Mocktails seem to be the newest buzzing trend. For some, the trend may be short-lived, like planning to give up alcohol during lent or Dry January. While for others, either due to excess consumption, health reasons, cost, or other factors, younger generations are leaning towards alcohol-free alternatives as the new normal.
Mocktails, non-alcoholic cocktails, are not just trendy but seem here to stay.
Decreasing alcohol consumption has known health benefits, improving heart, mental and overall health.
The younger generations actively choose non-alcoholic beverages over alcoholic ones.
The 1930s saw the rise of the famous mocktail, the Shirley Temple. Today, tons of recipes abound.
Mocktails and their origins
Alcohol-related deaths rank third in preventable causes in the U.S. But alcohol consumption triggers more than just measurable deaths; it contributes to disability, mental illness, and more. Today’s younger generations recognize the health risks; some are modifying behaviors to prevent themselves from becoming a statistic.
Sure, many drinks are non-alcoholic; think coffee, tea, juices, and more. But the word mocktail conjures thoughts of a Shirley Temple, a cocktail sans alcohol. However, in 2022, we can see that there is much more to it than that.
Origin of the Mocktail
A cocktail, according to Merriam-Webster, is a “usually iced drink of wine or distilled liquor mixed with flavoring ingredients” or “something resembling or suggesting such a drink as being a mixture of often diverse elements or ingredients” or “a mixture of agents usually in a solution that is taken or used especially for medical treatment or diagnosis.” Think of a mocktail as all of this simply without the wine or other alcoholic flavoring.
Mocktails have come a long way since the early 1900s when they were first revealed in society. Merriam-Webster first mentioned this type of drink in 1916, and the ever-familiar Shirley Temple began making news in the 1930s. Mocktails or zero-proof drinks provide a mix of flavors, fruits, spices, and even garnishes, without alcohol. They allow those who abstain from alcohol use for personal, medical, or other reasons to still partake in socialization and maintain a sense of belonging without consuming the alcohol. An added bonus is no risk of a hangover the next morning if one drinks too many.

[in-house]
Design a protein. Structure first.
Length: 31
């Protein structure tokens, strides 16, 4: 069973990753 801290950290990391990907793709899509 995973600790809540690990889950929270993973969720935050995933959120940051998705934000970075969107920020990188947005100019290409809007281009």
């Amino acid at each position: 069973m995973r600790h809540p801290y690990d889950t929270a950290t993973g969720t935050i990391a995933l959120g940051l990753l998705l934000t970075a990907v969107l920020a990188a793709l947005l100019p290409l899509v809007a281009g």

If you think about it, many Mocktails may already be familiar, including the most notable Shirley Temple and the Virgin Piña Coladas, Mojitos, Daquiris, and Margaritas. So, why a Shirley Temple? The actress, only a child in the prime of her acting career, couldn’t drink. A Beverly Hills bartender invented the mocktail for her, which later became a non-alcoholic drink for all ages. What is in a Shirley Temple? You take three ounces of ginger ale and three ounces of a lemon-lime type soda and put that in a glass with some ice cubes. Then you flavor with a dash of grenadine, topping it with a maraschino cherry.
Dry January, now a household term, event, or challenge for many, has its roots in Europe dating back to the 1940s, starting as Sober January. It morphed and evolved. It became a public health initiative trademarked in 2014 thanks to Alcohol ChangeUK, a company out of the United Kingdom. Now it is a common practice all across Europe and the United States. This British charity started a challenging trend in which millions participate annually.
Alcohol Concern developed its Dry January campaign to help encourage people to improve their health and initiate behavior change. They hope to help people have fun while remaining sober. It isn’t meant as a detox but simply focuses on those who drink a bit too much or more often than is ideal and do not appreciate the negative health impacts. The concept has people not imbibing alcohol throughout January, the start of the New Year. Since its inception, Dry January has encouraged mocktails’ development, and the demand continues to rise.
Whether you stop drinking for a month to see if you feel better, lose some weight or improve your mental focus, one month without alcohol can improve negative health outcomes. While the goal is not complete abstinence from drinking after the month ends, a small percentage of people may elect to continue to do so. Others may realize the health benefits, feel better, see that they previously drank excessively, and return to drinking more responsibly and conservatively.
Benefits of decreasing alcohol consumption
Alcohol has known health risks when consumed in moderate quantities over time. Short-term risks of alcohol use may include vehicle accidents or various injuries; violence; lead to risky behaviors, and contribute to pregnancy complications. While long-term health risks include cardiovascular problems like high blood pressure and heart disease. Further ill-health effects include cancer (e.g., breast, mouth, colon), memory and learning troubles, anxiety, and even depression, to name a few.